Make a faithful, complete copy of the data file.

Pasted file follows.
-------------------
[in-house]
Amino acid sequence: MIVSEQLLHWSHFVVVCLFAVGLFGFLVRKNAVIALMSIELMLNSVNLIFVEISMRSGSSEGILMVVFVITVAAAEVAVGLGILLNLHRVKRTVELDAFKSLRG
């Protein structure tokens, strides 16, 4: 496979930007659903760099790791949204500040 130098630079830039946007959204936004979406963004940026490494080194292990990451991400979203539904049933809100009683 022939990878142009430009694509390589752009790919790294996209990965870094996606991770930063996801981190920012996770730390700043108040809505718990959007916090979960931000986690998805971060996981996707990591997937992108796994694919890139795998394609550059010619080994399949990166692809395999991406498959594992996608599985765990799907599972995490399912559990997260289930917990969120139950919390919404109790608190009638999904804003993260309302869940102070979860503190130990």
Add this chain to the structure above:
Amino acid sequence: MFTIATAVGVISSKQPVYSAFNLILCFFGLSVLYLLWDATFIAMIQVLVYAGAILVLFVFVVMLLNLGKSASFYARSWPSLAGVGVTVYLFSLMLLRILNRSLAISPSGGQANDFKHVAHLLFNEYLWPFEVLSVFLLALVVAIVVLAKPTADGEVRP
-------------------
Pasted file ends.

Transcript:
[in-house]
Amino acid sequence: MIVSEQLLHWSHFVVVCLFAVGLFGFLVRKNAVIALMSIELMLNSVNLIFVEISMRSGSSEGILMVVFVITVAAAEVAVGLGILLNLHRVKRTVELDAFKSLRG
């Protein structure tokens, strides 16, 4: 496979930007659903760099790791949204500040 130098630079830039946007959204936004979406963004940026490494080194292990990451991400979203539904049933809100009683 022939990878142009430009694509390589752009790919790294996209990965870094996606991770930063996801981190920012996770730390700043108040809505718990959007916090979960931000986690998805971060996981996707990591997937992108796994694919890139795998394609550059010619080994399949990166692809395999991406498959594992996608599985765990799907599972995490399912559990997260289930917990969120139950919390919404109790608190009638999904804003993260309302869940102070979860503190130990």
Add this chain to the structure above:
Amino acid sequence: MFTIATAVGVISSKQPVYSAFNLILCFFGLSVLYLLWDATFIAMIQVLVYAGAILVLFVFVVMLLNLGKSASFYARSWPSLAGVGVTVYLFSLMLLRILNRSLAISPSGGQANDFKHVAHLLFNEYLWPFEVLSVFLLALVVAIVVLAKPTADGEVRP